It’s obvious from my conversations with potential clients that they have some mistaken beliefs about civil celebrants. I want to tackle a few here, and put the record straight.
Let’s take three fallacies:
- “All celebrants do is turn up for half an hour on the Saturday.”
Not in my experience!
As far as I am concerned, on the day, I aim to arrive one hour before the ceremony. That way, I am able to liaise with relevant persons (event planner, groom, best man, bridesmaids, etc.) and check out the venue. The purpose is to ensure everything is in place and to reassure.
I then conduct the ceremony and, although available for photos straight after, I can normally depart then.
However, my work is not limited to the day itself!
After my initial meeting/call with the clients, which usually takes up to an hour, I follow up by sending a summary e-mail along with my Terms & Conditions. Assuming the client wants to work with me, I thank them and tell them when to expect my draft.
A considerable amount of work may go into the first draft. Guided by what the client has suggested, I put together a ceremony that is unique. It may be formal or relatively relaxed; serious or with bits of humour; religious, partly so, or totally secular. It may contain rituals. I may work with the couple to write their own vows, if they want this, and like to personalise the ceremony even more by including their ‘story’.
So there is a lot to put together, and there will normally be an exchange of e-mails before we finish up with a product every word of which the couple approves and, hopefully, loves.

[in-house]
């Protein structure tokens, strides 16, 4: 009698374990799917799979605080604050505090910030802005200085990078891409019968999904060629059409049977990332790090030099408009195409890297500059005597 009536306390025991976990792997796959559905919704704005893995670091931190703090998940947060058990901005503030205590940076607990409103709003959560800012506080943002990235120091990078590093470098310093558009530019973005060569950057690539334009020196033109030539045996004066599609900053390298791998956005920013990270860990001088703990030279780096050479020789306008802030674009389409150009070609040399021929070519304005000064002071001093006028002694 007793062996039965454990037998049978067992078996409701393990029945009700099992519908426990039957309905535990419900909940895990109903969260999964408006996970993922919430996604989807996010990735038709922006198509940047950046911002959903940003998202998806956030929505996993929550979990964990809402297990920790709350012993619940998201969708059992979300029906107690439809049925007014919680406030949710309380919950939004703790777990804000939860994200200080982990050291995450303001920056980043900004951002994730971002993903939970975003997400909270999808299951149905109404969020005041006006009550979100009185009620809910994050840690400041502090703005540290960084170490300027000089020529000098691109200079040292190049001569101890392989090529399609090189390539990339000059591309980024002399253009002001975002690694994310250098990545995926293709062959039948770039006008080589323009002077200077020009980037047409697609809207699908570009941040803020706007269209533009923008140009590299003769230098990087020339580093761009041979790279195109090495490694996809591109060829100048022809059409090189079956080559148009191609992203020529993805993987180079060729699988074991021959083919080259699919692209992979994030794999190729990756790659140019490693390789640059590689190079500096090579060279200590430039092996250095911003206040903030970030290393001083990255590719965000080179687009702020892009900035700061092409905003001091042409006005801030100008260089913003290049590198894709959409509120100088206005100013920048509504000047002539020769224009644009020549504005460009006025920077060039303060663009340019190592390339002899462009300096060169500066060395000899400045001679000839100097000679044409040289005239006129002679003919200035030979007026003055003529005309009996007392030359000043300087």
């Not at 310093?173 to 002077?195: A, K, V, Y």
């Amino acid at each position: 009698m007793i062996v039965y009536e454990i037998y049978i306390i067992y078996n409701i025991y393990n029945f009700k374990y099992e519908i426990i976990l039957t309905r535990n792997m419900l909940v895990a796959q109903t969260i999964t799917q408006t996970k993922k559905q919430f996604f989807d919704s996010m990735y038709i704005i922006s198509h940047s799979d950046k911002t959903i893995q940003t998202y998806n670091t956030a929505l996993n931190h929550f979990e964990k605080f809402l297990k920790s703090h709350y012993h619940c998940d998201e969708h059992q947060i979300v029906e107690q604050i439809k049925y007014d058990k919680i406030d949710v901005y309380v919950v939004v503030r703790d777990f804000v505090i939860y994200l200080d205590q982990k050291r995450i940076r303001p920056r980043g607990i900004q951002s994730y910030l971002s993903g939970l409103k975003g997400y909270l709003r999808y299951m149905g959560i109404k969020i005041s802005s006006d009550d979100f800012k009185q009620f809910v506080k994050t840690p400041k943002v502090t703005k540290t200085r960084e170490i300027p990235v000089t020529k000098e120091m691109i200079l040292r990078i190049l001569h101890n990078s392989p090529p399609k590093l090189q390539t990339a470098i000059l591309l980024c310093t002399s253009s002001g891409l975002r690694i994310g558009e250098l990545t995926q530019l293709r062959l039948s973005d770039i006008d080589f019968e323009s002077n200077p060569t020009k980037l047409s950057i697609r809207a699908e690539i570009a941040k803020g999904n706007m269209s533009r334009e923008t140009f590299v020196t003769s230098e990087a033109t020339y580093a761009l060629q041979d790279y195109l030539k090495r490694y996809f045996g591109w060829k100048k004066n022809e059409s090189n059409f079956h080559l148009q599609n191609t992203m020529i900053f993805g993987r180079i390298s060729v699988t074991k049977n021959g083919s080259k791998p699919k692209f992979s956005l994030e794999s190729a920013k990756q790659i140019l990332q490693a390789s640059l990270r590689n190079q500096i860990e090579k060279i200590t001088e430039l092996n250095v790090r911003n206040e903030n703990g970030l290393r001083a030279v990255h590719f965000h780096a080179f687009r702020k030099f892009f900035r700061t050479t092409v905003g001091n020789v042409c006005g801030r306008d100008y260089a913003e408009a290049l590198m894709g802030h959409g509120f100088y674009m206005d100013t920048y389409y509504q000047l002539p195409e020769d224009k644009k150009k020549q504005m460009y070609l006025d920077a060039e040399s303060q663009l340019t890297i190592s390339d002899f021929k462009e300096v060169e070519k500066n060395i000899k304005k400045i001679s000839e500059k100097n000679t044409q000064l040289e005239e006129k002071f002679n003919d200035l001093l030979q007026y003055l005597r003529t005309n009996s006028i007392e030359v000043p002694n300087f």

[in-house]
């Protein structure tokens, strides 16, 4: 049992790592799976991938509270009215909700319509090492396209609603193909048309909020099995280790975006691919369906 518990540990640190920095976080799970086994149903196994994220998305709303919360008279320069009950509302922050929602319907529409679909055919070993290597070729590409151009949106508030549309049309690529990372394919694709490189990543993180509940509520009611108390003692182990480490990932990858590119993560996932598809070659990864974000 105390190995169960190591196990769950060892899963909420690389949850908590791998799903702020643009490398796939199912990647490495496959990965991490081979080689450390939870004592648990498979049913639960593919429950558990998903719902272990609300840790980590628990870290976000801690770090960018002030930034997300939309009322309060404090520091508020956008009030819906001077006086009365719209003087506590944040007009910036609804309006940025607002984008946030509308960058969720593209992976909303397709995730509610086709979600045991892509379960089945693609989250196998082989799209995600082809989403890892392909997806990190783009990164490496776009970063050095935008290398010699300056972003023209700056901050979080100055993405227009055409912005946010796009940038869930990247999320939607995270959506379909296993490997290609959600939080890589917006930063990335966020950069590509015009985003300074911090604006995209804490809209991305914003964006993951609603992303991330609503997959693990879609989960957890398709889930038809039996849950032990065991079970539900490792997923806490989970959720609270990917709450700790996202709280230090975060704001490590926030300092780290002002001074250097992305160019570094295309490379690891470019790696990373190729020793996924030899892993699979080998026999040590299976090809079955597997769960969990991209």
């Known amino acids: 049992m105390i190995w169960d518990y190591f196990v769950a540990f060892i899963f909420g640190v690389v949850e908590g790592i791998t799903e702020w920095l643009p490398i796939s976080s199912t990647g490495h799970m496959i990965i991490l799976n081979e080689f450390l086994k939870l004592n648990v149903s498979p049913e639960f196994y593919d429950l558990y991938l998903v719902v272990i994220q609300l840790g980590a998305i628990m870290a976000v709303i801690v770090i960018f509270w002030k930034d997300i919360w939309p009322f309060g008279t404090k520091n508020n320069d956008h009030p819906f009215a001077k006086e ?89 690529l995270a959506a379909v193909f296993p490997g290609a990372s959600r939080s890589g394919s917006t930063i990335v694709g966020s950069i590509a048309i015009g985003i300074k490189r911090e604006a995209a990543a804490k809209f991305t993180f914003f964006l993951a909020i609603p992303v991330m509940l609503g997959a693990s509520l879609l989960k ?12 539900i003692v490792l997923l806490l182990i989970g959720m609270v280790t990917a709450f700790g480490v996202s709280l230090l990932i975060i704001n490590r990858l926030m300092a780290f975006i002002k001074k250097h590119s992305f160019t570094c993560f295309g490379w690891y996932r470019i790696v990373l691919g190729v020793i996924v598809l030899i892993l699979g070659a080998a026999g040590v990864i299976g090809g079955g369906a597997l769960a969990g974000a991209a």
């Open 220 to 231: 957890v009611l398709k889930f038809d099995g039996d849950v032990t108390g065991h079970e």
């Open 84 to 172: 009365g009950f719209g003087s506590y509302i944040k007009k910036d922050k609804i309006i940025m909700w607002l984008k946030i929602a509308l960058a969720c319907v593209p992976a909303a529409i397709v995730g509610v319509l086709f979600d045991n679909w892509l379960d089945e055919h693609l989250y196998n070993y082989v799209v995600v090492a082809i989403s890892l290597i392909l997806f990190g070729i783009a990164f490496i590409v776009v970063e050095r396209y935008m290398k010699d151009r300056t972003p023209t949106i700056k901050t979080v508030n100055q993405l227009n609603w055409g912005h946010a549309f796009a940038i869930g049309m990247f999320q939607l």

Contact with the client doesn’t end there. It can be more random (especially nearing the ceremony date) and, often, there is a rehearsal to conduct.
- “Anyone can do it.”
As you will see from the answer to the first question, there are a number of skills that come into play as part of the process of preparing a special ceremony.
Firstly, there are questioning and listening skills, especially during the initial interview. I need to be able to take clients to their ceremony in their imagination. Then we can focus on what they really want (and don’t want). I offer ideas (or listen to and understand those of the clients) and make helpful suggestions.
Secondly, writing skills are essential. I don’t very often write original material, but when I do, it has to fit in with the tone. Similarly, with other people’s texts or poems. It takes time to choose these successfully.
Thirdly, I have to use my experience to advise what may work in practice and what may not.
Fourthly, I have to use my experience on the day to cope with, and minimise, unexpected occurrences.
Fifthly, I need to be in control on the day and keep everybody calm.
Finally, I need to deliver a wonderful ceremony. My presentation skills must be first-rate, and I need to conduct the ceremony with skill and efficiency as well as at a human level and, where appropriate, with humour.
Many people will have many of these skills, but few will have all.
- “You’re too expensive.”
As I hope I have now shown, a professional civil celebrant has very specialised skill sets. Not many people can do such a job effectively, so there is a scarcity element.
Moreover, clients can benefit from a civil celebrant’s wide experience, not only as the ceremony is put together but also on the day.
Additionally, time and travel to get to the venue need to be factored in.
On a practical note, a good civil celebrant will belong to an Association (such as the AOIC), have full indemnity insurance etc. and be fully trained. All these are expensive items, enhance the job, and deserve to be reimbursed.
I hope I have made my case successfully – and that I shall be hearing from you!